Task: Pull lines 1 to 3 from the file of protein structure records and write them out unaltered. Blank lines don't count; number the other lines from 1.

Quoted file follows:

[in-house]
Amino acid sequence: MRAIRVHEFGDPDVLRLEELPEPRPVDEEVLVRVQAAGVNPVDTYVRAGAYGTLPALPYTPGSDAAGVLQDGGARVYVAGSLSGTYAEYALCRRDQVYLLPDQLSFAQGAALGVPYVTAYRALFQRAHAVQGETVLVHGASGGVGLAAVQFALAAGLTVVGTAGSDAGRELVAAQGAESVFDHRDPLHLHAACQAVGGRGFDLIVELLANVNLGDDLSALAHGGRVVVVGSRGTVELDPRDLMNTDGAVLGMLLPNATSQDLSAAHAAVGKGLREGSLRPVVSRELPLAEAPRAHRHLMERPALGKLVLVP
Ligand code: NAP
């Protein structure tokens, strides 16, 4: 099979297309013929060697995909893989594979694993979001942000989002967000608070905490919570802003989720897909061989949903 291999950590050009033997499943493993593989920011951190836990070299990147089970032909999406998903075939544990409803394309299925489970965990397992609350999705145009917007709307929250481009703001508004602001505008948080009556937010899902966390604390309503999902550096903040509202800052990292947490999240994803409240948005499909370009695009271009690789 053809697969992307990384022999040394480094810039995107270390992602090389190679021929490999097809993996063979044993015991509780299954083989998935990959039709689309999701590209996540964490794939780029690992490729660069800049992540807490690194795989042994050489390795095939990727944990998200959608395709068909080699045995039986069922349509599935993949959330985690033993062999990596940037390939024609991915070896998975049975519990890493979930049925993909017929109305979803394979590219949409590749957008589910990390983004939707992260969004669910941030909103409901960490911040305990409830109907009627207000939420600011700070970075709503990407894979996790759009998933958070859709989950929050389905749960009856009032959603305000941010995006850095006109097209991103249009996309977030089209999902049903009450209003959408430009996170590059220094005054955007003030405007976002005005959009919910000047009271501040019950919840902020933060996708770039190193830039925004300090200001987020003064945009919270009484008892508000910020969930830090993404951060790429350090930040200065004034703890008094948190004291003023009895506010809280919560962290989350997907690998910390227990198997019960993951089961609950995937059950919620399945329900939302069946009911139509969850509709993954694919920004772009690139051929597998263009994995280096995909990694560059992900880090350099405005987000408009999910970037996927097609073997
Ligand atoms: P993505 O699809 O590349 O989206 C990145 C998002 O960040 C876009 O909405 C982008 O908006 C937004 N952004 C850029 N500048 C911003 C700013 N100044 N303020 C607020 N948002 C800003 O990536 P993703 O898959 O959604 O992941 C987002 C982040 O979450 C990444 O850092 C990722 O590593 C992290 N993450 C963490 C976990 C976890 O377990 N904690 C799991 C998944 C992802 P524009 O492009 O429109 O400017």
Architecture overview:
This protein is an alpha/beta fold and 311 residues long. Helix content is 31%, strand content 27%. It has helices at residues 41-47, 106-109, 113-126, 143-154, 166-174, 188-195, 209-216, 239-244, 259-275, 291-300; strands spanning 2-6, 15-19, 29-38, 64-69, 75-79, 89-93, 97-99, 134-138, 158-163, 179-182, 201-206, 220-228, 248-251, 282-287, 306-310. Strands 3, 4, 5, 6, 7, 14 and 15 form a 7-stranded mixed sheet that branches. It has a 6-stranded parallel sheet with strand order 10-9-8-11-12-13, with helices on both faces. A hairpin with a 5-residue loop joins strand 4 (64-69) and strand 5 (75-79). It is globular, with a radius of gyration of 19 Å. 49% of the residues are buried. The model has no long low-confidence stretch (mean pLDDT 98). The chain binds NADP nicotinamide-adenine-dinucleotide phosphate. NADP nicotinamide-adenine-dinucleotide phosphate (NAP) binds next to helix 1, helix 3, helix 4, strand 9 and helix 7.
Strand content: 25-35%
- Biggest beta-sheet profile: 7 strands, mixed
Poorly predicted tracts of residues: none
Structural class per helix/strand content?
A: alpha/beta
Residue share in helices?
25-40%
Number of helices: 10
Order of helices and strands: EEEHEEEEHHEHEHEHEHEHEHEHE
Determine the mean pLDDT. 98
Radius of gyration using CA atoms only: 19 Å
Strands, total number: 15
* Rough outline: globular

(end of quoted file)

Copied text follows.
[in-house]
Amino acid sequence: MRAIRVHEFGDPDVLRLEELPEPRPVDEEVLVRVQAAGVNPVDTYVRAGAYGTLPALPYTPGSDAAGVLQDGGARVYVAGSLSGTYAEYALCRRDQVYLLPDQLSFAQGAALGVPYVTAYRALFQRAHAVQGETVLVHGASGGVGLAAVQFALAAGLTVVGTAGSDAGRELVAAQGAESVFDHRDPLHLHAACQAVGGRGFDLIVELLANVNLGDDLSALAHGGRVVVVGSRGTVELDPRDLMNTDGAVLGMLLPNATSQDLSAAHAAVGKGLREGSLRPVVSRELPLAEAPRAHRHLMERPALGKLVLVP
Ligand code: NAP